The big reason against a historical A&E is the tremendous genetic diversity among humans. The initial population of humans was at least 10,000 or the genetic diversification -- mutation rate -- of early humans was astronomically high. Such a mutation rate would have quickly mutated us out of existence.

If Adam and Eve aren't historical it also means there was no serpent, no apple, no Fall of Man, no loss of Paradise.

And no reason for salvation through Jesus. Yes, conservative Christian leaders are calling such ideas heresy. That's why they've been fighting evolution for the last 150 years.

The Christian leaders expanded on the implications. The A&E story makes the claim that humans are created by God in the image of God and are thus special. We're not descendant from other common animals. The story also tells how evil came into the world -- A&E disobeyed God. That sin infected all humans and is the reason why we need a savior. The whole point of Jesus is to undo the sin of Adam.

Venema responds by saying all that is true only if you treat the Bible as literal, instead of poetry and allegory. If literalism is out of the way we can aim for a more accurate understanding of the world and of how God brought us into existence.

Back to that heresy charge. It has consequences. Stray too far from doctrine and your job may disappear. But this could be a Galileo moment. He was put under house arrest for claiming the earth revolved around the sun. Many think the stakes are higher in this tussle between science and religion than the tussle between Galileo and the Church. This time around the argument is over the nature of God, whether man is inherently sinful, and whether redemption is necessary -- quite core beliefs. Put another way, does Christianity change to keep the respect of those who understand the human genome? Or does a change in orthodoxy cause a loss of respect and a loss of faith?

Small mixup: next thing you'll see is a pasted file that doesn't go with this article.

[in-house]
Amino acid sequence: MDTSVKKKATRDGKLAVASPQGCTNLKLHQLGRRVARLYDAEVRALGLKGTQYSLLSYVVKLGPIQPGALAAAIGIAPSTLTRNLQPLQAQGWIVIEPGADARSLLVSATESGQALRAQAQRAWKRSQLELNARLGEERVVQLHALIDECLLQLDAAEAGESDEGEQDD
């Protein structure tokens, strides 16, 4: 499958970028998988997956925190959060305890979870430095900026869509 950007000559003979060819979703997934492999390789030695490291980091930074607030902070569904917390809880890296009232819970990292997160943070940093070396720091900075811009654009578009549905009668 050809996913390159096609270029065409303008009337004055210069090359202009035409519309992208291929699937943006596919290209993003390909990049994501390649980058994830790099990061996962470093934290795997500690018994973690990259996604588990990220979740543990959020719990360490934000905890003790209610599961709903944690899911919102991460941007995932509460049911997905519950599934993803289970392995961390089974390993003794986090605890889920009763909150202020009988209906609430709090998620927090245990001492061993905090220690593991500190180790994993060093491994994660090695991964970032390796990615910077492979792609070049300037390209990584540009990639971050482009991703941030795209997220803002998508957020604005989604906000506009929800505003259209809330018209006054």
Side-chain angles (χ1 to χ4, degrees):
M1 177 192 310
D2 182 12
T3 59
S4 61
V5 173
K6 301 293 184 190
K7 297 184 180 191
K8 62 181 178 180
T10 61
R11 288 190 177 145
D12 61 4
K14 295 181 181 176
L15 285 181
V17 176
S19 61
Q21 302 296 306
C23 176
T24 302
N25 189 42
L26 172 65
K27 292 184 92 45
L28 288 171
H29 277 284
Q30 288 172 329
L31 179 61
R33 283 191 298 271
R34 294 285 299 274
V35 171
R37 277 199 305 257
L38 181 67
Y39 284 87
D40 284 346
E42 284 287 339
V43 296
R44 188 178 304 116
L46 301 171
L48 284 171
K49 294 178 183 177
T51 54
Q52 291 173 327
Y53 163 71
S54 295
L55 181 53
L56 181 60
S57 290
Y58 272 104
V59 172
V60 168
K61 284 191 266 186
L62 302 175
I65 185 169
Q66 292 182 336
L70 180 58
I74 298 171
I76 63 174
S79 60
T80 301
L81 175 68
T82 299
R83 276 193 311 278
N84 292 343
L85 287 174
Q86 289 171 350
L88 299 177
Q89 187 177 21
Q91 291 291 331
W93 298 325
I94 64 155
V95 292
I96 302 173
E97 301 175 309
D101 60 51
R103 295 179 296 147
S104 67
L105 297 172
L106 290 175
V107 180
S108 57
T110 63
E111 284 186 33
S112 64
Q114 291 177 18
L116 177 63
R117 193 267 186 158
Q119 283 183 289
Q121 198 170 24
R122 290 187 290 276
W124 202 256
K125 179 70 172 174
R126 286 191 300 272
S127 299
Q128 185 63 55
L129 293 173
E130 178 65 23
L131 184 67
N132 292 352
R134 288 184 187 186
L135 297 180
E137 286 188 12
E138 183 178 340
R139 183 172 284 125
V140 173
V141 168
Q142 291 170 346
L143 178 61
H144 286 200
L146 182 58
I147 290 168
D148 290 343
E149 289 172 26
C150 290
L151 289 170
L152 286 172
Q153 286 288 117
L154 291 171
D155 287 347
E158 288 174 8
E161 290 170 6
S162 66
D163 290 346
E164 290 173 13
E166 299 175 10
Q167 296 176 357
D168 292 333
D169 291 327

My niece may be amused to know that current and former Calvin College professors are on both sides of this debate (well, current on one side, former on the other).

I have been thinking about the need for Christianity to modernize for some time now. It came about through my disgust with the way Fundies claim that since I won't renounce being gay I can't possibly get into heaven. That "we're better than you" attitude is so un-Christian. The first step out of that dilemma is from a book I used when I led an adult Sunday School class. The book is Short Meditations on the Bible and Peanuts (yup, Charlie Brown and Snoopy) by Robert Short (he wrote the earlier The Gospel According to Peanuts). The last couple chapters discuss God's ability to get us into Heaven even when we don't acknowledge him while alive. What is more powerful -- our unbelief or God's love? Yes, that means we are all going to Heaven.

So if Jesus didn't come to get us into Heaven, why did he come?

A couple more books that influenced me. 24 Hours That Changed the World by Adam Hamilton. He discusses theories of atonement. One that makes sense to me is that Jesus offers a clear alternative to change through violence -- he kept to it even when that violence was done to him.